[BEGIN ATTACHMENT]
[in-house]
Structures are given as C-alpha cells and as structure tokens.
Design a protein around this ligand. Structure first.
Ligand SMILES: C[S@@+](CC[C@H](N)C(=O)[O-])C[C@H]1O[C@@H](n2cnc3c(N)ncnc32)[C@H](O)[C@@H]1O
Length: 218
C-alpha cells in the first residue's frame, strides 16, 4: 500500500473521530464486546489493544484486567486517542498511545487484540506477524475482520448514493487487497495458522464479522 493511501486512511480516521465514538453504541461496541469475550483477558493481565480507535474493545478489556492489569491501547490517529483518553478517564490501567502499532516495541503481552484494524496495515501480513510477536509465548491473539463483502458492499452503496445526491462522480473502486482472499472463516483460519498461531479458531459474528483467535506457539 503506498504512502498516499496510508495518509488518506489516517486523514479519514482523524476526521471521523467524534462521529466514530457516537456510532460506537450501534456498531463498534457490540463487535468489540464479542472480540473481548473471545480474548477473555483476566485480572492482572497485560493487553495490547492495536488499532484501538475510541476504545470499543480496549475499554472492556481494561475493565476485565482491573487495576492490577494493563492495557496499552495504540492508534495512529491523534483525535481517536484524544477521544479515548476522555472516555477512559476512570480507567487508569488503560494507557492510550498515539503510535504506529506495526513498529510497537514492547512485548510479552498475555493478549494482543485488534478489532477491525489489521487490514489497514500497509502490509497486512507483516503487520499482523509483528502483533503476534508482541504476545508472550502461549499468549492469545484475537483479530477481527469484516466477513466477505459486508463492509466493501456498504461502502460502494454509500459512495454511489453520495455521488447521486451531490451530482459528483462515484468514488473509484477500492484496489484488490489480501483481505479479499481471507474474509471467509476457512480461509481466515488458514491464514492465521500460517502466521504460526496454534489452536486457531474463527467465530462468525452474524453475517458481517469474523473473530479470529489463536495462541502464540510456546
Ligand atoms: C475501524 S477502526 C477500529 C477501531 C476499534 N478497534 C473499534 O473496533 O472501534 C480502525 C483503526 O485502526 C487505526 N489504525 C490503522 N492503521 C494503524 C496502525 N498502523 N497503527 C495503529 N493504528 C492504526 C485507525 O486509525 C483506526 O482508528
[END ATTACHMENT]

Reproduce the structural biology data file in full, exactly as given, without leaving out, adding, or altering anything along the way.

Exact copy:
[in-house]
Structures are given as C-alpha cells and as structure tokens.
Design a protein around this ligand. Structure first.
Ligand SMILES: C[S@@+](CC[C@H](N)C(=O)[O-])C[C@H]1O[C@@H](n2cnc3c(N)ncnc32)[C@H](O)[C@@H]1O
Length: 218
C-alpha cells in the first residue's frame, strides 16, 4: 500500500473521530464486546489493544484486567486517542498511545487484540506477524475482520448514493487487497495458522464479522 493511501486512511480516521465514538453504541461496541469475550483477558493481565480507535474493545478489556492489569491501547490517529483518553478517564490501567502499532516495541503481552484494524496495515501480513510477536509465548491473539463483502458492499452503496445526491462522480473502486482472499472463516483460519498461531479458531459474528483467535506457539 503506498504512502498516499496510508495518509488518506489516517486523514479519514482523524476526521471521523467524534462521529466514530457516537456510532460506537450501534456498531463498534457490540463487535468489540464479542472480540473481548473471545480474548477473555483476566485480572492482572497485560493487553495490547492495536488499532484501538475510541476504545470499543480496549475499554472492556481494561475493565476485565482491573487495576492490577494493563492495557496499552495504540492508534495512529491523534483525535481517536484524544477521544479515548476522555472516555477512559476512570480507567487508569488503560494507557492510550498515539503510535504506529506495526513498529510497537514492547512485548510479552498475555493478549494482543485488534478489532477491525489489521487490514489497514500497509502490509497486512507483516503487520499482523509483528502483533503476534508482541504476545508472550502461549499468549492469545484475537483479530477481527469484516466477513466477505459486508463492509466493501456498504461502502460502494454509500459512495454511489453520495455521488447521486451531490451530482459528483462515484468514488473509484477500492484496489484488490489480501483481505479479499481471507474474509471467509476457512480461509481466515488458514491464514492465521500460517502466521504460526496454534489452536486457531474463527467465530462468525452474524453475517458481517469474523473473530479470529489463536495462541502464540510456546
Ligand atoms: C475501524 S477502526 C477500529 C477501531 C476499534 N478497534 C473499534 O473496533 O472501534 C480502525 C483503526 O485502526 C487505526 N489504525 C490503522 N492503521 C494503524 C496502525 N498502523 N497503527 C495503529 N493504528 C492504526 C485507525 O486509525 C483506526 O482508528